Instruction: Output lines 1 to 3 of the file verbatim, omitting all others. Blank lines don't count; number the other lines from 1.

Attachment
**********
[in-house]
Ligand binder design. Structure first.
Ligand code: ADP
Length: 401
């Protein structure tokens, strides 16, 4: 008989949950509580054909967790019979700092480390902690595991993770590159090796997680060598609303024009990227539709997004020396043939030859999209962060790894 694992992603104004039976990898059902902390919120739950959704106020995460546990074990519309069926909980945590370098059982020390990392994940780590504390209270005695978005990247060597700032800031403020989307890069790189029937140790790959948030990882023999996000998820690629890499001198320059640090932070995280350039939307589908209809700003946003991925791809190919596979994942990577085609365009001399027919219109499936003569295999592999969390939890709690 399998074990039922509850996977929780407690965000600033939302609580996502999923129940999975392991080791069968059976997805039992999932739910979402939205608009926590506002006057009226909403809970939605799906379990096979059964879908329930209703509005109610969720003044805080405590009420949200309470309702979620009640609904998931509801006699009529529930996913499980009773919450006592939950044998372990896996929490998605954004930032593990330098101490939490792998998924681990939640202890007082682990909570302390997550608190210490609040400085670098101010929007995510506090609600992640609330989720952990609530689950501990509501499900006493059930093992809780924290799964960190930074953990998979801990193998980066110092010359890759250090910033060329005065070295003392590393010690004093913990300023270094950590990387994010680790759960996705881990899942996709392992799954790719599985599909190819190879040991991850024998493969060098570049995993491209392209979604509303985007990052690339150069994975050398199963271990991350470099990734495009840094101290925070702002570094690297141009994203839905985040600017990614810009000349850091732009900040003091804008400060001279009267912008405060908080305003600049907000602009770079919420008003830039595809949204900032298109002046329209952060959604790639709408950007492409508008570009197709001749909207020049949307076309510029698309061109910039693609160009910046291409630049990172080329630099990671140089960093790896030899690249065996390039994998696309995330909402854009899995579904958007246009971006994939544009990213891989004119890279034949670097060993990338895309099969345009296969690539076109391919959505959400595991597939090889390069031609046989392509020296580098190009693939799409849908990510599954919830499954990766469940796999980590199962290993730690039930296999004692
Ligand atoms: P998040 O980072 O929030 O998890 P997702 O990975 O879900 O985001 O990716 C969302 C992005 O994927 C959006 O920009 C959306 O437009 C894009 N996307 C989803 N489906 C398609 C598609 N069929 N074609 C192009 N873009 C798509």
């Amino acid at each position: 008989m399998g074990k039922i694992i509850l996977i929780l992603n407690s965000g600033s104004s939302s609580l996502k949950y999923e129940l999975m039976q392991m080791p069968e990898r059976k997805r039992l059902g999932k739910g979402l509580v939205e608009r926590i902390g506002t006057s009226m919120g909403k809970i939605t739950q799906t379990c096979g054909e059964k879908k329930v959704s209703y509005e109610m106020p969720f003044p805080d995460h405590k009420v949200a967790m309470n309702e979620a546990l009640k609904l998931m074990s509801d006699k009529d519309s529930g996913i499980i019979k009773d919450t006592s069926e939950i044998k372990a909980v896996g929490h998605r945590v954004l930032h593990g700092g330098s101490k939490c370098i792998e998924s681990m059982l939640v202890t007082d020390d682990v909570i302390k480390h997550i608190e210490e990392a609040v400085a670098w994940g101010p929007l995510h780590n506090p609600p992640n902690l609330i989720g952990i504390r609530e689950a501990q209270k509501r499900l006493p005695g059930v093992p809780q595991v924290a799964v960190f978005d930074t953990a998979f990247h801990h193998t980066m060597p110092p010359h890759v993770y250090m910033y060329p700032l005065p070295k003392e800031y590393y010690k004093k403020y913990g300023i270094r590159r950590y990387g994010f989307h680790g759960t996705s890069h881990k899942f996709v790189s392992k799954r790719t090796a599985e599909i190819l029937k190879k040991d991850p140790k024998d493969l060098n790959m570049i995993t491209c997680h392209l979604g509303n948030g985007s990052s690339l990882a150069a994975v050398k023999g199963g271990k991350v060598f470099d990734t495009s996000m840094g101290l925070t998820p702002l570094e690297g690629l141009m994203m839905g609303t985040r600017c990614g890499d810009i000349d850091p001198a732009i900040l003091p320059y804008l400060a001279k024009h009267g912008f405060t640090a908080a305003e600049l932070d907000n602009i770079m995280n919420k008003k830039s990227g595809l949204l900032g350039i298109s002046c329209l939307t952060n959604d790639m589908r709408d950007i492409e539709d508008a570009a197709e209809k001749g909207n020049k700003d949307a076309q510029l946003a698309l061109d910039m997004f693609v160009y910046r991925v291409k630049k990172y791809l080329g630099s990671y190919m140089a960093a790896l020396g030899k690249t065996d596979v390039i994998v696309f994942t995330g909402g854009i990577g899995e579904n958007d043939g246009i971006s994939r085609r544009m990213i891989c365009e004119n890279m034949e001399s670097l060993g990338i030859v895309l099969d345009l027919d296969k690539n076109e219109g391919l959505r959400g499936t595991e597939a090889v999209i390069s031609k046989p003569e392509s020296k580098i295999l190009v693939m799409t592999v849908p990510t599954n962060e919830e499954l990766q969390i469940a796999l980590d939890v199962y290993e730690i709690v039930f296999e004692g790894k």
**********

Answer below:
[in-house]
Ligand binder design. Structure first.
Ligand code: ADP